Investor: Heinz not marketing adequately


Published: Tuesday, August 1, 2006 at 6:01 a.m.
Last Modified: Tuesday, August 1, 2006 at 12:00 a.m.
PITTSBURGH - Billionaire investor Nelson Peltz and his Trian Group accused H.J. Heinz Co. management on Monday of not adequately marketing its brands and slammed the 12-member Heinz board as a "clubby, caretaker board" that has not held Heinz management accountable to shareholder interests.
"We want to invest in good companies where management hasn't gotten it right on the income statement, and Heinz is a perfect example of that," Peltz said in a forum arranged by the influential Institutional Shareholder Services, which gives proxy voting and corporate governance advice to institutional shareholders.
Heinz officials countered that a slate of proposed board members backed by Trian, among them golfer Greg Norman, was not qualified for the job and would not act independently. And they argued that a drawn-out proxy fight would hurt the company by making it hard to attract and retain qualified board members.
"As we look at Trian, we see no new ideas, no inclination to work collaboratively with this board or management, a plan that we think would damage the company, a group of nominees that look like five bodies with one head that seem intent on taking control without paying a premium for it, and a track record of shareholder lawsuits," said Thomas Usher, presiding director and chairman of the governance committee at Heinz.
Peltz and Trian are engaged in a fierce proxy battle and hope the five board members they back will implement an aggressive growth plan at Heinz.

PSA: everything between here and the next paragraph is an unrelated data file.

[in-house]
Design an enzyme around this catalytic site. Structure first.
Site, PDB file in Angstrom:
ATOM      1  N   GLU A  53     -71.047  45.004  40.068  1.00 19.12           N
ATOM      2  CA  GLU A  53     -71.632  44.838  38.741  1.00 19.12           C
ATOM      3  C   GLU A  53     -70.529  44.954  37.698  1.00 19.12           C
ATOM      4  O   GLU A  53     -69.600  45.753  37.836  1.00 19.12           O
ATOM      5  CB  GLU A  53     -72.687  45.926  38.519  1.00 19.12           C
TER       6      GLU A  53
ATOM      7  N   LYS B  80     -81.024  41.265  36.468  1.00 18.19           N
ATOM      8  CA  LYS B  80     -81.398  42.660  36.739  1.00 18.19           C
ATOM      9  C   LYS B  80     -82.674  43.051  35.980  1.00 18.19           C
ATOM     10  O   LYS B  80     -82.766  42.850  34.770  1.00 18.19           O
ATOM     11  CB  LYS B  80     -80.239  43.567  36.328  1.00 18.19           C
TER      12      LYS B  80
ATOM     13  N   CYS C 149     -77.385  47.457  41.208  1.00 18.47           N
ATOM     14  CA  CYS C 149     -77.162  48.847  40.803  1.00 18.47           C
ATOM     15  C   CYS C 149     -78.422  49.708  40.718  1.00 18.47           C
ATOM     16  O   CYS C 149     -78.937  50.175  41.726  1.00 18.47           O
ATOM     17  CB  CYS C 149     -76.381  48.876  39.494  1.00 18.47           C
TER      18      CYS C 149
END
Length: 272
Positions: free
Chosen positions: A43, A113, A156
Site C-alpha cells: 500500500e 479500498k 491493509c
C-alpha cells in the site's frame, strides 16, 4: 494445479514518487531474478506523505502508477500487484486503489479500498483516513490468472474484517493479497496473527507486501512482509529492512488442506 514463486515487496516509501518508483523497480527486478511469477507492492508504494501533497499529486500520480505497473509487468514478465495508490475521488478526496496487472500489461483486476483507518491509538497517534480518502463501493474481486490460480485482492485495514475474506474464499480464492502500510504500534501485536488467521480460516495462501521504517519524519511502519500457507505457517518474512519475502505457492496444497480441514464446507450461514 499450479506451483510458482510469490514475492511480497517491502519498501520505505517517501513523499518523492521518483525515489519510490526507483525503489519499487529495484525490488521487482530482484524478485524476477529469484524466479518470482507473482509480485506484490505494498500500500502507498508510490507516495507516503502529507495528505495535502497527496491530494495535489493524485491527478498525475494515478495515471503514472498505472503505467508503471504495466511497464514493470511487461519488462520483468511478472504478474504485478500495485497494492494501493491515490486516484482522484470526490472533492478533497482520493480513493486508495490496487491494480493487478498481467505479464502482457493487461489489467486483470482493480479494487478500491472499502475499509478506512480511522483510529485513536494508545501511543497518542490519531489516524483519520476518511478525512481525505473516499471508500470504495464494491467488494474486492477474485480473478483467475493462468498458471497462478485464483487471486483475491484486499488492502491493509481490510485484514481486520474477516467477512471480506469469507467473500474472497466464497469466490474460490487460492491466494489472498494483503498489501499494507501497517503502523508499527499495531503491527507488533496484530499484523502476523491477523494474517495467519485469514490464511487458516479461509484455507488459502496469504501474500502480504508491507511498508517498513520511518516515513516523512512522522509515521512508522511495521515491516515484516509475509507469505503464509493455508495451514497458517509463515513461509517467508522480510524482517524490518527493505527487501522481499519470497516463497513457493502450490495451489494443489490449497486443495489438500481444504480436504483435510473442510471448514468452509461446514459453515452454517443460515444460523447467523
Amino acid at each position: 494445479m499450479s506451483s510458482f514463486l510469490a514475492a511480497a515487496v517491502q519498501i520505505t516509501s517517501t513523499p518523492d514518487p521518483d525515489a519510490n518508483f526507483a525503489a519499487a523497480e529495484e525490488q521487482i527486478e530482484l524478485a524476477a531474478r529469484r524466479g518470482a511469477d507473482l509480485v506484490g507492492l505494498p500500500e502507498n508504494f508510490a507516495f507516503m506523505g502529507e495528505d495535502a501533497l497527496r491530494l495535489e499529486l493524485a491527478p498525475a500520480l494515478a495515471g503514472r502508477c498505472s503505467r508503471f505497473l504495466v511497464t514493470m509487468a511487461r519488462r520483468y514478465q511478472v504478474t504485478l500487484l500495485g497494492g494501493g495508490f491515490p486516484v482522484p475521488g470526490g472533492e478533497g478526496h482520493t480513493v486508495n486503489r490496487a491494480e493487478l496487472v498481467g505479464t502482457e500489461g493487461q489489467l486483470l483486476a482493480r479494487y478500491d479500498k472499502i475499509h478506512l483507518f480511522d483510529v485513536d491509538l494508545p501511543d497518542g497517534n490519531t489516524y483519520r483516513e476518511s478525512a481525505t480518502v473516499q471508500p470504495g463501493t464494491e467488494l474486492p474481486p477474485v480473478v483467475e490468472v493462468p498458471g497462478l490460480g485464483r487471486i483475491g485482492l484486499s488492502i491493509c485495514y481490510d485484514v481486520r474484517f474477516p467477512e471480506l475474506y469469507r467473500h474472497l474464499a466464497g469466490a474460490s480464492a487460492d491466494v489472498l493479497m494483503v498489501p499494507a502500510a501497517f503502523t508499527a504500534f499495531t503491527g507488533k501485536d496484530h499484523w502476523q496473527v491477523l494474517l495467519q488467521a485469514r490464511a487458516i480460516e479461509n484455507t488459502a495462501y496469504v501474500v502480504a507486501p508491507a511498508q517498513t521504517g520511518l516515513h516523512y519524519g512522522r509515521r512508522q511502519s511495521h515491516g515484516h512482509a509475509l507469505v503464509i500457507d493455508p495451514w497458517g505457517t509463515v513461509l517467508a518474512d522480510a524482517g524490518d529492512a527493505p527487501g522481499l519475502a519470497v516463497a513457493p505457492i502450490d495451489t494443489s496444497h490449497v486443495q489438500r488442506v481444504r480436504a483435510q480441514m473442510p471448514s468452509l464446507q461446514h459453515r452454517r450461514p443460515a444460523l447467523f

Heinz has defended its own recipe for growth and charged that the Trian Group, its second-largest shareholder, is merely trying to turn a quick profit and that its plans threaten to cripple the 137-year-old company.
Peltz disputed claims by Heinz that the board members proposed by Trian could attempt what Heinz has said amounts to a hostile takeover. As a minority slate, the Trian candidates would rely only on the power of their arguments to cause change, Trian officials said.
"Our involvement on this board is going to create an entrepreneurial spirit that I don't think exists today," Peltz said. "We really care about this company. We want to see it prosper. We want to see it grow."
Heinz took out full-page ads Monday in The Wall Street Journal, The New York Times and two Pittsburgh newspapers urging shareholders to reject the board members proposed by Peltz and Trian.
"Heinz and everything our company stands for is under attack by a corporate raider," said Heinz spokesman Michael Mullen.
With the exception of the disruption caused by Peltz and his group, Heinz is on track to meet its goals, company officials said.
"We have worked long and hard to get the company to this point, and we just don't want any further distraction," said Arthur Winkleblack, chief financial officer at Heinz.
Less than three weeks remain before the company's Aug. 16 annual shareholder meeting, where Heinz investors will vote for the current slate of directors or those proposed by Peltz and his team.
Also on Monday, Heinz announced it has retained recruitment firm Spencer Stuart to find two new independent board directors. Heinz said earlier in the month that it will add two seats to its board, bringing the total number of board members to 14. The new members, who are scheduled to assume their positions in November, will have consumer marketing and capital markets expertise, Heinz said.

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